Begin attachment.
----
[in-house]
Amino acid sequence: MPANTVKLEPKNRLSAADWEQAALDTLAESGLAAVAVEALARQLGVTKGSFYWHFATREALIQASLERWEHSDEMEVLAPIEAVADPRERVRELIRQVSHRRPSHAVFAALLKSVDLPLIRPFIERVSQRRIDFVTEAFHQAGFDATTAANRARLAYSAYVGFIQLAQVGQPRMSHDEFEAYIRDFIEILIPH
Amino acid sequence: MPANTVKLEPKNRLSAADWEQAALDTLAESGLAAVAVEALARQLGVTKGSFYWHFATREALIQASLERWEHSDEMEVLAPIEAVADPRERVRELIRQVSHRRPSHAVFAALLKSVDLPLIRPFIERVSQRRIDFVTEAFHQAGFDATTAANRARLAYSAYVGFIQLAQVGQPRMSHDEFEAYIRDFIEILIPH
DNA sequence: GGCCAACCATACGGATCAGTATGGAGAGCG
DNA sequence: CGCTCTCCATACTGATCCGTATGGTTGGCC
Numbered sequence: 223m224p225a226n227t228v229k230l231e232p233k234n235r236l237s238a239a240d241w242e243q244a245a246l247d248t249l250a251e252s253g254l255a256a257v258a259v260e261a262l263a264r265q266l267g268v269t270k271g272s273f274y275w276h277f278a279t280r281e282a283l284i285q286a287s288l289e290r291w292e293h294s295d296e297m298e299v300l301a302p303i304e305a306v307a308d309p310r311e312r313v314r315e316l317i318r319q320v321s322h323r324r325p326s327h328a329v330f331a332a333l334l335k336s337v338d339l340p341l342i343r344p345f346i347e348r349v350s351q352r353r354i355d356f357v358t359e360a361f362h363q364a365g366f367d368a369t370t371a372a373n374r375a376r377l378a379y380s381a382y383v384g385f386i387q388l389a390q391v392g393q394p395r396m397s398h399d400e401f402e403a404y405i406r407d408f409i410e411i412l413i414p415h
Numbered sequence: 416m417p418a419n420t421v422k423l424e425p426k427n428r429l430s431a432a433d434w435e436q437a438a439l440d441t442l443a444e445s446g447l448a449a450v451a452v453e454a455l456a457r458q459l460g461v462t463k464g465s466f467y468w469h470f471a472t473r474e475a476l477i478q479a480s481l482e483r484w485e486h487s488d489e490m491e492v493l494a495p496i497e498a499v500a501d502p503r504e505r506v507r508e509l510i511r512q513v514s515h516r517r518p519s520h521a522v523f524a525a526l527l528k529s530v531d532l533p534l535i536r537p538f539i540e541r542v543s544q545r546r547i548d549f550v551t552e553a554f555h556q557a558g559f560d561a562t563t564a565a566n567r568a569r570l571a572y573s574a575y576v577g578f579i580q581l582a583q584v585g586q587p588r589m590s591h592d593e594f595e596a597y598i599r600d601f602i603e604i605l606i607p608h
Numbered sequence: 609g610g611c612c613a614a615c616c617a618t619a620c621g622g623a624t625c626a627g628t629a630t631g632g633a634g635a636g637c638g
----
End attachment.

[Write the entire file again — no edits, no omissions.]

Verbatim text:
[in-house]
Amino acid sequence: MPANTVKLEPKNRLSAADWEQAALDTLAESGLAAVAVEALARQLGVTKGSFYWHFATREALIQASLERWEHSDEMEVLAPIEAVADPRERVRELIRQVSHRRPSHAVFAALLKSVDLPLIRPFIERVSQRRIDFVTEAFHQAGFDATTAANRARLAYSAYVGFIQLAQVGQPRMSHDEFEAYIRDFIEILIPH
Amino acid sequence: MPANTVKLEPKNRLSAADWEQAALDTLAESGLAAVAVEALARQLGVTKGSFYWHFATREALIQASLERWEHSDEMEVLAPIEAVADPRERVRELIRQVSHRRPSHAVFAALLKSVDLPLIRPFIERVSQRRIDFVTEAFHQAGFDATTAANRARLAYSAYVGFIQLAQVGQPRMSHDEFEAYIRDFIEILIPH
DNA sequence: GGCCAACCATACGGATCAGTATGGAGAGCG
DNA sequence: CGCTCTCCATACTGATCCGTATGGTTGGCC
Numbered sequence: 223m224p225a226n227t228v229k230l231e232p233k234n235r236l237s238a239a240d241w242e243q244a245a246l247d248t249l250a251e252s253g254l255a256a257v258a259v260e261a262l263a264r265q266l267g268v269t270k271g272s273f274y275w276h277f278a279t280r281e282a283l284i285q286a287s288l289e290r291w292e293h294s295d296e297m298e299v300l301a302p303i304e305a306v307a308d309p310r311e312r313v314r315e316l317i318r319q320v321s322h323r324r325p326s327h328a329v330f331a332a333l334l335k336s337v338d339l340p341l342i343r344p345f346i347e348r349v350s351q352r353r354i355d356f357v358t359e360a361f362h363q364a365g366f367d368a369t370t371a372a373n374r375a376r377l378a379y380s381a382y383v384g385f386i387q388l389a390q391v392g393q394p395r396m397s398h399d400e401f402e403a404y405i406r407d408f409i410e411i412l413i414p415h
Numbered sequence: 416m417p418a419n420t421v422k423l424e425p426k427n428r429l430s431a432a433d434w435e436q437a438a439l440d441t442l443a444e445s446g447l448a449a450v451a452v453e454a455l456a457r458q459l460g461v462t463k464g465s466f467y468w469h470f471a472t473r474e475a476l477i478q479a480s481l482e483r484w485e486h487s488d489e490m491e492v493l494a495p496i497e498a499v500a501d502p503r504e505r506v507r508e509l510i511r512q513v514s515h516r517r518p519s520h521a522v523f524a525a526l527l528k529s530v531d532l533p534l535i536r537p538f539i540e541r542v543s544q545r546r547i548d549f550v551t552e553a554f555h556q557a558g559f560d561a562t563t564a565a566n567r568a569r570l571a572y573s574a575y576v577g578f579i580q581l582a583q584v585g586q587p588r589m590s591h592d593e594f595e596a597y598i599r600d601f602i603e604i605l606i607p608h
Numbered sequence: 609g610g611c612c613a614a615c616c617a618t619a620c621g622g623a624t625c626a627g628t629a630t631g632g633a634g635a636g637c638g